Alcatel IDOL 4 Pro and Wileyfox Pro - the effective Windows 10 Mobile 'new' line-up as at the beginning of 2018...

So does two (or arguably three) new models for sale constitute a viable ecosystem? Probably not, but remember again the still active support for the underlying operating system and its commonality and UWP app compatibility with over half a billion laptops, tablets and hybrids across the world. The situation isn't quite as gloomy as you might think.

For fans of Windows on phones, the ultimate hope now rests on a first party 'Surface Mobile', which is becoming increasingly less mythical day by day as patents and leaks appear. The recent renders seem very believable and fit right in with Microsoft's stated intent to create hardware that defines a whole new category. Although not running Windows 10 Mobile explicitly, such a folding Surface Mobile will have an almost identical (CShell) Start screen interface, especially when folded, will have a familiar phablet form factor when needed, and will run the exact same UWP applications as we're used to (though no compatibility with older Windows Phone 8.1 Silverlight apps and games, notably).

With the advantage of the unfolded tablet and laptop modes, but also with a much higher price tag, no doubt. My best guess for such a Surface Mobile was always Spring 2018 and this still holds true, I'd expect a dedicated event in the April timeframe.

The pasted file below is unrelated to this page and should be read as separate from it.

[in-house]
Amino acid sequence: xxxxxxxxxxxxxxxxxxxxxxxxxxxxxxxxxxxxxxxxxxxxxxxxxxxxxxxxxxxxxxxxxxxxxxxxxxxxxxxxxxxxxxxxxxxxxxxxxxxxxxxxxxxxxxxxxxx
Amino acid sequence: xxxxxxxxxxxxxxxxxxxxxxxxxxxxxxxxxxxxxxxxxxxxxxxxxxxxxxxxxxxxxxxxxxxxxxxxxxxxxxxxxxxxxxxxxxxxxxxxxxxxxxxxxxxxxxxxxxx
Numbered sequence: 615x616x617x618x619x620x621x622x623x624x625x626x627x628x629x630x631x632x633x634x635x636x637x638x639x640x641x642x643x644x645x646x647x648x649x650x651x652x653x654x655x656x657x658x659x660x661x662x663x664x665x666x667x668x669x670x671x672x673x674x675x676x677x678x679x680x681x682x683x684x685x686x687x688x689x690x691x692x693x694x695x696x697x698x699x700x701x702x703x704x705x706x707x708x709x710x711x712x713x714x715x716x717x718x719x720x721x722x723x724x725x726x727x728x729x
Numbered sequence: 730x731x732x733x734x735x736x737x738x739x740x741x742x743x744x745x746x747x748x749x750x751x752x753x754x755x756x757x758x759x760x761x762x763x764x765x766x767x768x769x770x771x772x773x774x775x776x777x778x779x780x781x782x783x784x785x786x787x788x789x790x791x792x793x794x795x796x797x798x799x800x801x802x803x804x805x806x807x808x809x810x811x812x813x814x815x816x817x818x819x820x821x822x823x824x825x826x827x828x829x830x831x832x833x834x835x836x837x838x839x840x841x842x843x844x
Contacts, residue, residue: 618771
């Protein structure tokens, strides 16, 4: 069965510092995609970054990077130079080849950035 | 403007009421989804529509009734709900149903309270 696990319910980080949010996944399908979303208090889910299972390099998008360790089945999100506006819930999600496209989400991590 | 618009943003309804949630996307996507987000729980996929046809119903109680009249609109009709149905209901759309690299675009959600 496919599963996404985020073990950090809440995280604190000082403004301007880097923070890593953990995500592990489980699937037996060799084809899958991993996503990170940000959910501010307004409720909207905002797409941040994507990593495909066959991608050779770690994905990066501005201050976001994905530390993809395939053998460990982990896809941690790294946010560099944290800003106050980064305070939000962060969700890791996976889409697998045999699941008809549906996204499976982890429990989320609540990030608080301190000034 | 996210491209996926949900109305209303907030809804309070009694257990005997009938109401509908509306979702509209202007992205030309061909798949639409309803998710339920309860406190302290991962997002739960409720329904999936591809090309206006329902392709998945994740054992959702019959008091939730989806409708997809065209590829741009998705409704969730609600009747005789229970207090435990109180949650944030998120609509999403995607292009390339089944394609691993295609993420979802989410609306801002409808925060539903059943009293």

Surface Mobile render

For image credit, see the Twitter feed linked here.

Throughout 2018, UWP applications will continue to arrive and be updated, though I'm not optimistic about much of the 'app gap' being filled, relative to iOS and Android. It all depends which 'service' applications you need. At least the Edge browser gets more powerful each day by virtue of more and more companies putting more capability into their mobile-friendly web sites (think HTML5 and progressive web apps).

[If your allegiance is just as much to Microsoft's services (Outlook, Office, OneDrive, etc.) as to its OS then AAWP isn't so much for you, but you're covered well due to Microsoft's continuing development of its software properties for iOS and Android. And good luck to you. If your allegiance was always to the Nokia brand then you're also best covered elsewhere, since 'Nokia' has now made a comeback as a brand with Android phones, though don't expect all the goodies that came with their Symbian and then Lumia hardware, the human and patent resources needed just aren't there anymore.]

So... two new phones in 2017, full support at an OS level, and an exciting transforming first party flagship in 2018. Still something to talk about then, in features, reviews and comments through the year, even if overall activity gets slightly quieter as time goes by.

Thanks to Rafe Blandford for his financial support of AAWP as always, for his back end programming, and for his contributions via the podcast. Thanks to guest writers and guest podcasters. And thanks to everyone who has commented so intelligently and usefully in 2017. Let's have more of the same in 2018. Let's prove to the world that mobile isn't completely a two-horse race.